Now it’s up to the school board.
Voters, by an almost 2-to-1 margin, told Spokane’s elected leaders to build a new 5,000-seat outdoor stadium at the current Joe Albi Stadium site rather than downtown.
The advisory vote, however, isn’t binding.
“I know it’s only an advisory vote, but to me it sends a very strong message,” School Board President Sue Chapin said.
Or did it?
A closer look at the returns showed that only in northwest Spokane did the downtown option prove very unpopular. In the rest of the city, the vote was much closer.
But close enough for another look? That remains to be seen. In any case, the school board will have the final say on the stadium’s location.
In the meantime, proponents of the downtown option are assessing what went wrong. And in this case, it was a lot. Questions over parking weren’t resolved until late in the campaign season. Proponents never presented a compelling visual, and some voters were puzzled over exactly what they were voting on as a separate, unrelated and yet nearby indoor sportsplex took shape at the same time.
Two days after the election, one man posted a comment on The Spokesman-Review’s Facebook page that he misread the proposition and “thought it was about keeping the current stadium or building a new one in downtown.”
“I know I did and so did my wife, plus several other people I have talked to. Had we known that a new stadium was a sure thing and we were voting for the new location, then of course we would have picked downtown.”
“A new stadium at the Albi location would be absolutely asinine,” the post concluded.
Certainly some would like to revisit the stadium issue.
“I would say I’m 95 percent elated and 5 percent disappointed,” said Rick Romero, a city official who worked with the school district in developing its successful $495 million school bond.
“This was always about the schools and the libraries, and the stadium was the frosting on the cake.” Romero said. “I always believed that the right choice was putting in on the north bank.”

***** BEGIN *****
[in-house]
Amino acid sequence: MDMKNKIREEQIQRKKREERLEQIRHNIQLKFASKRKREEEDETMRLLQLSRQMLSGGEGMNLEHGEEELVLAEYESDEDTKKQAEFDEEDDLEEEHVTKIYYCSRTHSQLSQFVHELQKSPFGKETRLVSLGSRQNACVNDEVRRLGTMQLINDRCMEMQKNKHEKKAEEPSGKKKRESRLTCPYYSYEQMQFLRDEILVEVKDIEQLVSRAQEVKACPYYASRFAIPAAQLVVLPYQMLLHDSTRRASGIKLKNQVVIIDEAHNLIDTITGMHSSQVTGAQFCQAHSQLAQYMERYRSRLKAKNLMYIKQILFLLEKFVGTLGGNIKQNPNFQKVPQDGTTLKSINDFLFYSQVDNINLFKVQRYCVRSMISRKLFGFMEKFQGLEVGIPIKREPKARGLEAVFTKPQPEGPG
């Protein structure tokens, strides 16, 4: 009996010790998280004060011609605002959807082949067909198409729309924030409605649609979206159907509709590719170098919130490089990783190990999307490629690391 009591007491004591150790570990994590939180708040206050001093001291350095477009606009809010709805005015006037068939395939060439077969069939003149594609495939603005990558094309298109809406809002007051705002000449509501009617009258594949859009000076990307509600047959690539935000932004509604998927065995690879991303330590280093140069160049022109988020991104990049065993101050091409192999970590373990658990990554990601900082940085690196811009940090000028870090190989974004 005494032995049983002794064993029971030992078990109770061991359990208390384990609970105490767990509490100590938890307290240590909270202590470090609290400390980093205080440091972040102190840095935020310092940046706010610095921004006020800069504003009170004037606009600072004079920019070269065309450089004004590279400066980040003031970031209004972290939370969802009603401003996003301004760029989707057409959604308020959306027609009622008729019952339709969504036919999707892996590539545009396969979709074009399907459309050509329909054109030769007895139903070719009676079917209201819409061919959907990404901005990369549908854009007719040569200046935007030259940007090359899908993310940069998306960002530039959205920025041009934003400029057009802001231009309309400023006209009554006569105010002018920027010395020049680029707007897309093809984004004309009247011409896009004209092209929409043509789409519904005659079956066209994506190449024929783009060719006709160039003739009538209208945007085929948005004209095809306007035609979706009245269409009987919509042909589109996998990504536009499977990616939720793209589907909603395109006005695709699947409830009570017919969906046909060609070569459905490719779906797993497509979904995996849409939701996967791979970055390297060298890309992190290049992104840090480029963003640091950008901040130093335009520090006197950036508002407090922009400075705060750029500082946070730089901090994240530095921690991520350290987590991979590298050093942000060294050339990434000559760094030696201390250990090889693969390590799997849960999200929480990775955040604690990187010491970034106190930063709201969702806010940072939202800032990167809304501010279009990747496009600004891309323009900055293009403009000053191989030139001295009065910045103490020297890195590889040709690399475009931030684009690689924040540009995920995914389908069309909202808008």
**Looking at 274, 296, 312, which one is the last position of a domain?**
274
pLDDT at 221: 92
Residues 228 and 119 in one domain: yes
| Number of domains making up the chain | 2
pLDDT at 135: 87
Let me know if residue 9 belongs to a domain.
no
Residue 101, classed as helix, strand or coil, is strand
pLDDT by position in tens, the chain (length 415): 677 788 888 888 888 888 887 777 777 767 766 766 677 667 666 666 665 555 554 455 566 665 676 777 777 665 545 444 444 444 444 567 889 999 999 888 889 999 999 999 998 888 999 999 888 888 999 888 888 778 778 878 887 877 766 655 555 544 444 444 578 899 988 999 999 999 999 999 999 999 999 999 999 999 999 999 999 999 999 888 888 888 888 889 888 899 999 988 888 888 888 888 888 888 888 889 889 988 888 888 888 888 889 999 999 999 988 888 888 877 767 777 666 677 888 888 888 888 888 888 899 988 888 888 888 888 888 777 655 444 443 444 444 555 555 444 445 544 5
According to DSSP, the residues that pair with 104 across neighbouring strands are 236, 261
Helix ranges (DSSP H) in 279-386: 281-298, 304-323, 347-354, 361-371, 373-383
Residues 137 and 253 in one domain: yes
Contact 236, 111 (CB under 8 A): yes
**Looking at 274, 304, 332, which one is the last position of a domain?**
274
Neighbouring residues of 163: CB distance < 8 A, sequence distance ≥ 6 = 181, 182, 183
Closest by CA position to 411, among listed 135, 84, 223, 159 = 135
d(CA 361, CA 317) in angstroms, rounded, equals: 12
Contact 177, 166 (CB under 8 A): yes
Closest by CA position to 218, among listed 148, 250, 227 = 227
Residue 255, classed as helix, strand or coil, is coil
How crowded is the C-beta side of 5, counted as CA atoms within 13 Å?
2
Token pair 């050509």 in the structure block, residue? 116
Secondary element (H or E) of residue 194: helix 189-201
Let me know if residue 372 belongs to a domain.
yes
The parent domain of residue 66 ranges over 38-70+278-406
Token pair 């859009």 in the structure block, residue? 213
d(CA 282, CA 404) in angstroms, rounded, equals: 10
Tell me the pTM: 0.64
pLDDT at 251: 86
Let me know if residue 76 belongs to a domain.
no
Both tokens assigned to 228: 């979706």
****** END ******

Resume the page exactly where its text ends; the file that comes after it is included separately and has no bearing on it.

Now that voters have weighed in, only five votes remain to be counted. Board members took a wait-and-see attitude during the stadium campaign, instead focusing their energies on the bond.
With that battle won, they now have a chance to revisit the stadium issue.
It needn’t be a snap decision. According to Associate Superintendent Mark Anderson, “we could wait a year (on a final stadium decision) and still stay on schedule” for the other capital projects on the bond.
In the meantime, the district has several options. It could move ahead with the voter-embraced Albi option, resubmit the issue in a special election or simply disregard the advisory vote and build downtown.
That would take some courage, as board members Chapin, Brian Newberry and Deana Brower are all up for re-election next November.
The situation is somewhat similar to 1971 when voters were asked to approve a $5.7 million bond to remove the downtown railroad tracks and trestles and clear Havermale Island. The money wasn’t officially earmarked for Expo ’74, but it was seen as a referendum on Spokane hosting the fair.
The bond failed. Passage required 60 percent approval and it received 57 percent.
That’s much different than this year’s stadium advisory vote, in which 65 percent of voters opted to rebuild on the Albi site versus 35 percent who wanted a downtown stadium.
Backers in 1971 had two choices: Give up the fair – even though a majority voted for it – or push through a temporary B&O tax. The Spokane Chamber of Commerce and downtown businesses were solidly behind the fair – another parallel with this year’s downtown stadium proposal.
Finally, on Sept. 20, 1971, the issue went to the council, four of whom were up for re-election the next day. However, the tax won unanimous approval and Expo was on its way.
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